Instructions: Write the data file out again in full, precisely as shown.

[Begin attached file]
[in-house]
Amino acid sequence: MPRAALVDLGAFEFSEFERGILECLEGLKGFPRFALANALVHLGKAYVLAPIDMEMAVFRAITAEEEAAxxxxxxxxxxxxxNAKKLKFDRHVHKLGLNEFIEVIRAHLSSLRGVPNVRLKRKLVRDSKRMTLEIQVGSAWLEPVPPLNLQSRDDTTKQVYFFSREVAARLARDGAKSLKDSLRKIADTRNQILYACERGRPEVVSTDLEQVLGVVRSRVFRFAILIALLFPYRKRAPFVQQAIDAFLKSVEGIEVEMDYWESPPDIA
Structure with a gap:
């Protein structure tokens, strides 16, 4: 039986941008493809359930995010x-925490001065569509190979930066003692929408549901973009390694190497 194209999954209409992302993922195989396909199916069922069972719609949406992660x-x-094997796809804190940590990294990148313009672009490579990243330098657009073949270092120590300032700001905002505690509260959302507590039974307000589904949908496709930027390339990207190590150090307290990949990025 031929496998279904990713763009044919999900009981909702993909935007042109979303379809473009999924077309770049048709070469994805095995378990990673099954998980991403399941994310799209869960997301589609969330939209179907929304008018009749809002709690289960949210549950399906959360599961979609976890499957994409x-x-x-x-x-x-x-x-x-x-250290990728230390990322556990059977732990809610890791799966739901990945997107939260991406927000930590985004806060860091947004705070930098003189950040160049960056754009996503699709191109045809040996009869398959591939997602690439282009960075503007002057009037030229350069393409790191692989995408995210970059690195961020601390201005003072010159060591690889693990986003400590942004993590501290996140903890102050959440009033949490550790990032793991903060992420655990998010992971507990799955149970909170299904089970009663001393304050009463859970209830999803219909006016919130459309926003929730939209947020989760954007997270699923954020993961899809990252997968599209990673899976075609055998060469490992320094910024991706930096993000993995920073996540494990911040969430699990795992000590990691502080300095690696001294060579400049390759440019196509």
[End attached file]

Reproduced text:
[in-house]
Amino acid sequence: MPRAALVDLGAFEFSEFERGILECLEGLKGFPRFALANALVHLGKAYVLAPIDMEMAVFRAITAEEEAAxxxxxxxxxxxxxNAKKLKFDRHVHKLGLNEFIEVIRAHLSSLRGVPNVRLKRKLVRDSKRMTLEIQVGSAWLEPVPPLNLQSRDDTTKQVYFFSREVAARLARDGAKSLKDSLRKIADTRNQILYACERGRPEVVSTDLEQVLGVVRSRVFRFAILIALLFPYRKRAPFVQQAIDAFLKSVEGIEVEMDYWESPPDIA
Structure with a gap:
């Protein structure tokens, strides 16, 4: 039986941008493809359930995010x-925490001065569509190979930066003692929408549901973009390694190497 194209999954209409992302993922195989396909199916069922069972719609949406992660x-x-094997796809804190940590990294990148313009672009490579990243330098657009073949270092120590300032700001905002505690509260959302507590039974307000589904949908496709930027390339990207190590150090307290990949990025 031929496998279904990713763009044919999900009981909702993909935007042109979303379809473009999924077309770049048709070469994805095995378990990673099954998980991403399941994310799209869960997301589609969330939209179907929304008018009749809002709690289960949210549950399906959360599961979609976890499957994409x-x-x-x-x-x-x-x-x-x-250290990728230390990322556990059977732990809610890791799966739901990945997107939260991406927000930590985004806060860091947004705070930098003189950040160049960056754009996503699709191109045809040996009869398959591939997602690439282009960075503007002057009037030229350069393409790191692989995408995210970059690195961020601390201005003072010159060591690889693990986003400590942004993590501290996140903890102050959440009033949490550790990032793991903060992420655990998010992971507990799955149970909170299904089970009663001393304050009463859970209830999803219909006016919130459309926003929730939209947020989760954007997270699923954020993961899809990252997968599209990673899976075609055998060469490992320094910024991706930096993000993995920073996540494990911040969430699990795992000590990691502080300095690696001294060579400049390759440019196509």